In a usual year, the time between Thanksgiving week and the week of New Year’s Day accounts for about 35% of Blue Wolf’s annual business. “This year, I can’t see that happening. Even if things stay just as they are right now,” he said.

The 10 p.m. bar curfew will impact that business as well, as the holidays usually bring plenty of bar traffic with family and work parties and people coming in from out of town, he said. As the restaurant moves into slower months, not having that cash reserve from holiday business on hand “most likely will mean I will need to cut some payroll,” he said.

The Blue Wolf Events banquet center is another story, he said. For months, the 22,000-square-foot center has been limited to parties of 300.

“We’re about $1 million behind in that business this year,” he said.

To help curb concerns about the virus, Blue Wolf Events doubled its staff so each station on a buffet line was manned by an employee wearing a mask and gloves, preventing guests from having to touch the same serving utensils, he said. 

Those efforts increased labor costs by 35% for banquets and catering, while revenue is down 70%, he said. The event center got some assistance through an SBA loan, Rzonsa said, which will eventually have to be repaid.

Since the governor’s announcement Wednesday, some of the restaurateurs Rzonsa has spoken to said they are preparing to legally fight another closure, he said. Individuals are looking to “lawyer up,” he said, because of concerns that if they are required to close again, they won’t survive and be able to reopen.

Long-time restaurateur and caterer John Marino said DeWine should have issued the threat a month ago because “there is no way we can stop a snowball effect [rise in infections] in one week.”

Marino owns Mojo’s Pub and Grill, Marino’s Italian Café and Tavola Catering and Banquet Center, all in Austintown. He said he expects one of three things within two weeks: a shutdown, an end to alcohol sales or a closing time moved up to 8 p.m.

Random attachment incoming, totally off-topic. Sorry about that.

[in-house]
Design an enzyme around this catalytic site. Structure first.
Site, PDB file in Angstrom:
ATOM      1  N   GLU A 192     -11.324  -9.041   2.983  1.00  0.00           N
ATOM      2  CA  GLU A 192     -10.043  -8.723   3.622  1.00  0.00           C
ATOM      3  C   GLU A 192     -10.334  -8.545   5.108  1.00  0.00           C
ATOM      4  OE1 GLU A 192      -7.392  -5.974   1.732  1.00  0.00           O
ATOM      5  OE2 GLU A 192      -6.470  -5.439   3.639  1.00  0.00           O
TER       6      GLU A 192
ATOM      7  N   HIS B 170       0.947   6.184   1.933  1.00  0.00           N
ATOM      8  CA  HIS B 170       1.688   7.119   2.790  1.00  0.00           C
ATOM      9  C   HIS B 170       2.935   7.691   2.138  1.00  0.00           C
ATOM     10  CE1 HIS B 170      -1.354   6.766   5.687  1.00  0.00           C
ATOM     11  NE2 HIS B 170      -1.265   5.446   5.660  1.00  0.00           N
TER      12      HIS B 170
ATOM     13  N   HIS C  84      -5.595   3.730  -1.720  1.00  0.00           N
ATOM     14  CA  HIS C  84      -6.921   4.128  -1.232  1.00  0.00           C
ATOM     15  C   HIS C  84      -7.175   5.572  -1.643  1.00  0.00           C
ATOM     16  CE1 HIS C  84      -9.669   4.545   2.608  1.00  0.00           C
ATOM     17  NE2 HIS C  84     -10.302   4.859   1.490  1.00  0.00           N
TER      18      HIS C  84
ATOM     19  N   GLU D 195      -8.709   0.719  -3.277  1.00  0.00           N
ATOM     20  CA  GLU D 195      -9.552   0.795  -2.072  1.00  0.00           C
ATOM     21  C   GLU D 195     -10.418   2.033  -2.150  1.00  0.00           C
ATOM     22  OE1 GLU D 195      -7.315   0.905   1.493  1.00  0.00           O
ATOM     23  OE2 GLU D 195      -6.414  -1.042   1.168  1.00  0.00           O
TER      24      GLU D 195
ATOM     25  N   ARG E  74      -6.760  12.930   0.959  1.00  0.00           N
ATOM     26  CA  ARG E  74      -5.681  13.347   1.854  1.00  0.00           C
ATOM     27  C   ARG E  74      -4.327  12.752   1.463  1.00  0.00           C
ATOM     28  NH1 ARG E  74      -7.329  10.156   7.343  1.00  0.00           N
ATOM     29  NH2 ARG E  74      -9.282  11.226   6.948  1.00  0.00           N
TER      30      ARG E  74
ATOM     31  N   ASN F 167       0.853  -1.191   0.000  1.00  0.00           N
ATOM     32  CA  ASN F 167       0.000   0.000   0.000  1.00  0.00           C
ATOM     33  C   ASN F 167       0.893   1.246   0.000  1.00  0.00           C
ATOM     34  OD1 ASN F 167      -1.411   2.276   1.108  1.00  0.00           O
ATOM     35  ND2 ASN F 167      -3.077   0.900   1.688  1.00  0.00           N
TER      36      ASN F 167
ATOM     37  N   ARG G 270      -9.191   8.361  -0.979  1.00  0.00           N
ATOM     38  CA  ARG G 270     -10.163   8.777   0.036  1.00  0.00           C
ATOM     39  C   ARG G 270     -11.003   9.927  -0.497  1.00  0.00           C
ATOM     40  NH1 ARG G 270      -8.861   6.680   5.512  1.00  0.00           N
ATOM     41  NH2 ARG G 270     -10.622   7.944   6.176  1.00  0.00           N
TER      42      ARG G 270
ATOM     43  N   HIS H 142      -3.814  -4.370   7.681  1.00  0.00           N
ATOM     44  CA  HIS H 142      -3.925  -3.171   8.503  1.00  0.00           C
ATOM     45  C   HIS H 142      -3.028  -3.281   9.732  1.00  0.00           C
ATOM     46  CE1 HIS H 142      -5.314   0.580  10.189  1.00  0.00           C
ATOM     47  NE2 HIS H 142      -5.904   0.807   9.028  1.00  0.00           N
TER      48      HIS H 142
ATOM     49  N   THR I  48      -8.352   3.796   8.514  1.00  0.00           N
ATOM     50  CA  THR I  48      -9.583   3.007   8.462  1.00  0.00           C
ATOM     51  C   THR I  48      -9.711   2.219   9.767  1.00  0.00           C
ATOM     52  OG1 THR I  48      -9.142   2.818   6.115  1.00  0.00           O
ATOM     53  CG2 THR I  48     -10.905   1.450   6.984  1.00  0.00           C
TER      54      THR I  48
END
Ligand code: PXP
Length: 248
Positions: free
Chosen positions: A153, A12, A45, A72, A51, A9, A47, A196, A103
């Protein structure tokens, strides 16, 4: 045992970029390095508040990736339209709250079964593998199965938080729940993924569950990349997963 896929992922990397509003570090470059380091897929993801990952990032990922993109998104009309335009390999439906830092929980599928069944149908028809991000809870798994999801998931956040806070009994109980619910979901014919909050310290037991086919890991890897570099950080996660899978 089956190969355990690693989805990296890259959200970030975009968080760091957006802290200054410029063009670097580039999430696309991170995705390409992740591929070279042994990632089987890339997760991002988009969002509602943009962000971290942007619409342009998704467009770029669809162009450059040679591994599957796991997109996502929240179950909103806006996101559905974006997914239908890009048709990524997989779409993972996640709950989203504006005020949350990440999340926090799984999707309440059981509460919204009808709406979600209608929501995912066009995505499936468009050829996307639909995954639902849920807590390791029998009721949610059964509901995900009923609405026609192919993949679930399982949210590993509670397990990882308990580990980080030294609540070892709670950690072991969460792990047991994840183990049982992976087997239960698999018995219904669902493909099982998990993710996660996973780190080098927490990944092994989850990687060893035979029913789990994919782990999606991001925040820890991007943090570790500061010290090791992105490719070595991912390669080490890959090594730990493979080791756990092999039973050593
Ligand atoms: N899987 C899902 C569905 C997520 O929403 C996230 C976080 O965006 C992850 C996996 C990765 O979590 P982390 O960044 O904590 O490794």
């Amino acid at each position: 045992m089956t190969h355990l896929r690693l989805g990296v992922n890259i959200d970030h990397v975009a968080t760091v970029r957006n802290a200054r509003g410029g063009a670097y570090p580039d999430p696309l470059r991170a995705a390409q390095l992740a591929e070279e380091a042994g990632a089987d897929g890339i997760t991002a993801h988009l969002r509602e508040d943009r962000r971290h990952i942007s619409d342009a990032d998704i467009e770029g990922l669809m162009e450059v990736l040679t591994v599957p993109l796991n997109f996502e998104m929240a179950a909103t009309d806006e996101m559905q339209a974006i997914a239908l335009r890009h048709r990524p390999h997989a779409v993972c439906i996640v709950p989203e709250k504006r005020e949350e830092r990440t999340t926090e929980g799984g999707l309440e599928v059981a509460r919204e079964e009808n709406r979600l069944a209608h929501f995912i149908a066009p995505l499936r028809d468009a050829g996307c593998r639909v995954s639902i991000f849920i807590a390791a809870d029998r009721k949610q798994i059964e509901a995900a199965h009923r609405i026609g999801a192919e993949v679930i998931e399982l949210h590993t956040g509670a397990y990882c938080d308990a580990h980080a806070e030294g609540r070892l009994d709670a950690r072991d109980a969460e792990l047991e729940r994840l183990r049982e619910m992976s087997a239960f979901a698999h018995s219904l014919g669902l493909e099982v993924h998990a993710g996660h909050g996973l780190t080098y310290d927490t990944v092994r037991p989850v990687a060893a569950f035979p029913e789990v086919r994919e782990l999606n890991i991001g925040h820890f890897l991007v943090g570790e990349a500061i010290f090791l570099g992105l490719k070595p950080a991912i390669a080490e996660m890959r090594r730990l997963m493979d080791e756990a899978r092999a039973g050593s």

For the first time since the spring shutdown, Marino this week did not place an order with his beer supplier.

He wasn’t alone. “[A sales rep at his distributor] just called me and said ‘I’m assuming you have no order this week. I have 50 accounts and not one order,’ ” Marino said.

John Barker, president of the Ohio Restaurant Association, took a strong stance against a potential shutdown, pinning the blame on private gatherings and warning about the economic damage another shutdown would bring.

“Like everyone, we are concerned about the recent surge in COVID-19 cases,” he said in a statement.

“We are also deeply concerned for the 58% of Ohio restaurants that have indicated they may close their doors permanently if they continue operating at current capacity.”

One Valley restaurant veteran, however, said she has no problem with a shutdown if that’s what it takes to get the virus under control. In fact, Ann Ficorilli, longtime owner of LaRocca’s Pizza and Pasta in Poland, has already closed her dining room and now relies solely on takeout sales.

“I didn’t like the numbers so I closed my dining room two weeks ago,” Ficorilli said. “I’m here every day talking to people and when they say that their friends [tested positive]- no. That’s not going to work.”

LaRocca’s has an older clientele and Ficorilli said she does not want people who have been exposed to the virus potentially infecting others at her establishment.

“We are going to have to listen to DeWine,” she said. “They say the vaccine is coming, so it might only be another couple of months.”

Pictured: In this file photo from March, Blue Wolf Tavern set up a tent in its parking lot to assist with takeout orders. Owner Joe Rzonsa says a prolonged shutdown now would take away the most lucrative time of the year for most restaurants.

Copyright 2024 The Business Journal, Youngstown, Ohio.